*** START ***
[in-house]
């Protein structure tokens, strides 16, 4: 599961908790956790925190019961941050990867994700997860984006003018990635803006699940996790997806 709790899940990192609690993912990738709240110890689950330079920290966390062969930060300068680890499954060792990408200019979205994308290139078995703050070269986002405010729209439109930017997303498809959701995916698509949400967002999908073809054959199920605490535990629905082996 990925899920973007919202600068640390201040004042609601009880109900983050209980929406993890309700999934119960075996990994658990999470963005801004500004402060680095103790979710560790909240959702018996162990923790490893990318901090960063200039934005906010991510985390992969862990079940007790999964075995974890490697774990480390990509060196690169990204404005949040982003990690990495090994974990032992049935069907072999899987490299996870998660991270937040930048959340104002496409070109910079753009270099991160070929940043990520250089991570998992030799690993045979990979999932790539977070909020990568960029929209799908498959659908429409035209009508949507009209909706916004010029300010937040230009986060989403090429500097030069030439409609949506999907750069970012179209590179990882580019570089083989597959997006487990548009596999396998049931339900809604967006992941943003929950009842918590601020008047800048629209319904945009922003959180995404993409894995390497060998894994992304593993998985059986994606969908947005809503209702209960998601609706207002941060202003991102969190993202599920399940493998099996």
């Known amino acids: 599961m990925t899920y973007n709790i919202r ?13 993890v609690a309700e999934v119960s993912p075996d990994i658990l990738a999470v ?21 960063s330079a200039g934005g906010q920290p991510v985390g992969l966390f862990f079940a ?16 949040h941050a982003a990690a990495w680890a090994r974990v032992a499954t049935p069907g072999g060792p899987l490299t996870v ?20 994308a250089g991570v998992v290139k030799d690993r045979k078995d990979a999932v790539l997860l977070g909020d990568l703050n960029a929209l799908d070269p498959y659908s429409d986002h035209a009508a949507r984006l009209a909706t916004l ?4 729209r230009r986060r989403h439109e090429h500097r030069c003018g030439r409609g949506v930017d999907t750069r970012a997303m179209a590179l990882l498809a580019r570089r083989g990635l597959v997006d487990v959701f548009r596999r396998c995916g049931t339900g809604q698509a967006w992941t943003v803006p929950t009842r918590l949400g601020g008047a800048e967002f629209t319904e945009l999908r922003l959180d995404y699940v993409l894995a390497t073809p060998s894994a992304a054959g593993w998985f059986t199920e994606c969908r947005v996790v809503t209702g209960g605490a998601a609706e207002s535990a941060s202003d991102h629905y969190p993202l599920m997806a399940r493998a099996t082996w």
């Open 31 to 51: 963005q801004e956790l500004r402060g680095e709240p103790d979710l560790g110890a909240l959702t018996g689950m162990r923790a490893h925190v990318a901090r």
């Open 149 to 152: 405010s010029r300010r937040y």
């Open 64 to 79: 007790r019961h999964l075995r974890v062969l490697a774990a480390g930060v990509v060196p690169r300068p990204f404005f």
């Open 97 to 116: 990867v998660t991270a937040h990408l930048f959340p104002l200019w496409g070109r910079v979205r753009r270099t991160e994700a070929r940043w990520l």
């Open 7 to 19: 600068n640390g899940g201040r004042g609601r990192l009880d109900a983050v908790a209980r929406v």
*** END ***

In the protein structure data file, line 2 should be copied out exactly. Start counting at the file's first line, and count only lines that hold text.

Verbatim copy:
């Protein structure tokens, strides 16, 4: 599961908790956790925190019961941050990867994700997860984006003018990635803006699940996790997806 709790899940990192609690993912990738709240110890689950330079920290966390062969930060300068680890499954060792990408200019979205994308290139078995703050070269986002405010729209439109930017997303498809959701995916698509949400967002999908073809054959199920605490535990629905082996 990925899920973007919202600068640390201040004042609601009880109900983050209980929406993890309700999934119960075996990994658990999470963005801004500004402060680095103790979710560790909240959702018996162990923790490893990318901090960063200039934005906010991510985390992969862990079940007790999964075995974890490697774990480390990509060196690169990204404005949040982003990690990495090994974990032992049935069907072999899987490299996870998660991270937040930048959340104002496409070109910079753009270099991160070929940043990520250089991570998992030799690993045979990979999932790539977070909020990568960029929209799908498959659908429409035209009508949507009209909706916004010029300010937040230009986060989403090429500097030069030439409609949506999907750069970012179209590179990882580019570089083989597959997006487990548009596999396998049931339900809604967006992941943003929950009842918590601020008047800048629209319904945009922003959180995404993409894995390497060998894994992304593993998985059986994606969908947005809503209702209960998601609706207002941060202003991102969190993202599920399940493998099996």